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Overview

Since the founding of the People's Republic of China in 1949, an important governmental effort has been to eliminate illiteracy and popularize compulsory education. At present, the national net enrollment rate in elementary schools is 98.58 percent, and the gross enrollment rate in junior high schools has reached 90 percent. This compares to 1949 when only 20 percent of school-age children were in school, and 80 percent of all adults were illiterate. Today illiteracy among the young and middle-aged population has decreased to less than 5 percent, and the nine-year compulsory education basically has been established in the areas where 90 percent of the country's population live.

The past ten years have seen the fastest development in education in China. Ten years ago, for example, few institutions offered an MBA (Master of Business Administration). In 2003, some 62 schools offer MBAs, enrolling some 30,000 MBA students. International professional degrees like EMBA (Employed Master of Business Administration) and MPA (Master of Public Administration) also are offered. As regards the MPA degree, the State Council Degree Committee has authorized 47 Chinese institutions of higher learning to offer the degree, and some 7,700 students have been enrolled at present.

International cooperation and exchanges in education have increased year by year. China has the most students studying abroad in the world. Since 1979, some 582,000 Chinese students have studied in 103 countries and regions, among whom 160,000 have returned after finishing their studies. Meanwhile, the number of foreign students studying in China has also increased. In 2003, there were 86,000 students from 170 foreign countries studying in China's universities.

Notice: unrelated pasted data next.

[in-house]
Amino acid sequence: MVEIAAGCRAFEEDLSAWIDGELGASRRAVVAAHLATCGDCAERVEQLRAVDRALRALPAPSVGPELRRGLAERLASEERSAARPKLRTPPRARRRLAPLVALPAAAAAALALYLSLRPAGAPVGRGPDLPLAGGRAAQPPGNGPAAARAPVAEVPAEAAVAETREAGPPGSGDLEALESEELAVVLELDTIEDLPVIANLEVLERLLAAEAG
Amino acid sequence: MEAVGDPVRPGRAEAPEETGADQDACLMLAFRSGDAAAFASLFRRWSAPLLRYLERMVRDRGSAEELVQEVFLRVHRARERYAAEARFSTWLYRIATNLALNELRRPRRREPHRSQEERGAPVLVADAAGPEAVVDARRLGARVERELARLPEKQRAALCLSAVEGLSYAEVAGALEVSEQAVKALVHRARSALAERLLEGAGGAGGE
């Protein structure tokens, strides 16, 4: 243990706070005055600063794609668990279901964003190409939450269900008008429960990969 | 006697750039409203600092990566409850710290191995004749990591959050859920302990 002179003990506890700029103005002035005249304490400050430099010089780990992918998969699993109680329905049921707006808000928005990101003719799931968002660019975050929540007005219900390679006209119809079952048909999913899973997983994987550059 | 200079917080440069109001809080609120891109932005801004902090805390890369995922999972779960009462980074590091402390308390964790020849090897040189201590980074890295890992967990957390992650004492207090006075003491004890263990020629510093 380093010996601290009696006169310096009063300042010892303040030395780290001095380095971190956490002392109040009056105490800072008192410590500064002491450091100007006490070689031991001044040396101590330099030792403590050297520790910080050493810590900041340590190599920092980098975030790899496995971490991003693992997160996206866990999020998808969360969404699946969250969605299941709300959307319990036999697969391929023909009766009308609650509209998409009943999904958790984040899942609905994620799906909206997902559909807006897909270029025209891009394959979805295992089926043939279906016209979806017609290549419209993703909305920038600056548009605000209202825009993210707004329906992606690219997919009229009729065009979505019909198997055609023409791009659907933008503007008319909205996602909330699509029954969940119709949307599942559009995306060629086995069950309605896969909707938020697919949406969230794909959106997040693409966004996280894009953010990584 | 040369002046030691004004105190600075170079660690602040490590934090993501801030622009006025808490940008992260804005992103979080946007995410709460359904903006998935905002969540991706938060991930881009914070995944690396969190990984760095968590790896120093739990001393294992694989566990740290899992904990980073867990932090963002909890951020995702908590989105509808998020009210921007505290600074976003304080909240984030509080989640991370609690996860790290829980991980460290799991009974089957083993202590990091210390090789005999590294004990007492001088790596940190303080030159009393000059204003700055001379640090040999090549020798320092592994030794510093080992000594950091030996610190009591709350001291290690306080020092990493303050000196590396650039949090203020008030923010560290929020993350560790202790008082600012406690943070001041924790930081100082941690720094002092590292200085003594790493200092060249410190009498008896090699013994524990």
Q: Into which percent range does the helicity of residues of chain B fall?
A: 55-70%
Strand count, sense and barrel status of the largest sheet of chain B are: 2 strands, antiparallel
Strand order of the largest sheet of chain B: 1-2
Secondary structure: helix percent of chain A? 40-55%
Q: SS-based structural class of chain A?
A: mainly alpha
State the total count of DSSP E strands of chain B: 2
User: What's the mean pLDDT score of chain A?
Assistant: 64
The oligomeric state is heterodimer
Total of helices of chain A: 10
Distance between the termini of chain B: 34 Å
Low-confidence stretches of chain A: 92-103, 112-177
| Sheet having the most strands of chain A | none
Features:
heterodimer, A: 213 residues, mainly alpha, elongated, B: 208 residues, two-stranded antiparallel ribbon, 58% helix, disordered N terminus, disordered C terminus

Education in China thrives in part because of increased investment. Since 1998, the percentage of funds allotted to education by the Central Government has grown 1 percentage point annually. In 2003, the national government fund for education was 349.14 billion yuan, accounting for 3.41 percent in the GDP, an increase of 0.22 percentage point from the previous year, being the highest since 1989 when this index was first monitored.

According to a development program of the Ministry of Education, the government will establish an education financial system in line with the public financial system, strengthen the responsibility of governments at all levels to invest in education, and ensure that the governments' financial allocation in education grows faster than their regular revenue. The program also sets a goal of trying in a relatively short time to make educational investment account for 4 percent of the GDP. For non-compulsory education, China has a system of sharing costs with students by charging tuition at a certain percentage of the educational cost. Meanwhile, to ensure education for students from families with economic difficulties, the Chinese government offers scholarships, work-study programs, subsidies for students with special economic difficulties, reduction of or exemption from tuition, and state student loans.

The government is committed to providing more and more educational opportunities as demonstrated in a plan of the Ministry of Education whereby in 2020 for every 100,000 persons, 13,500 will have a junior college education and about 31,000 will have senior high school diplomas; the percentage of illiterate or semi-literate population will go down below 3 percent; and the average schooling of the whole population will increase from eight years of today to 11 years.

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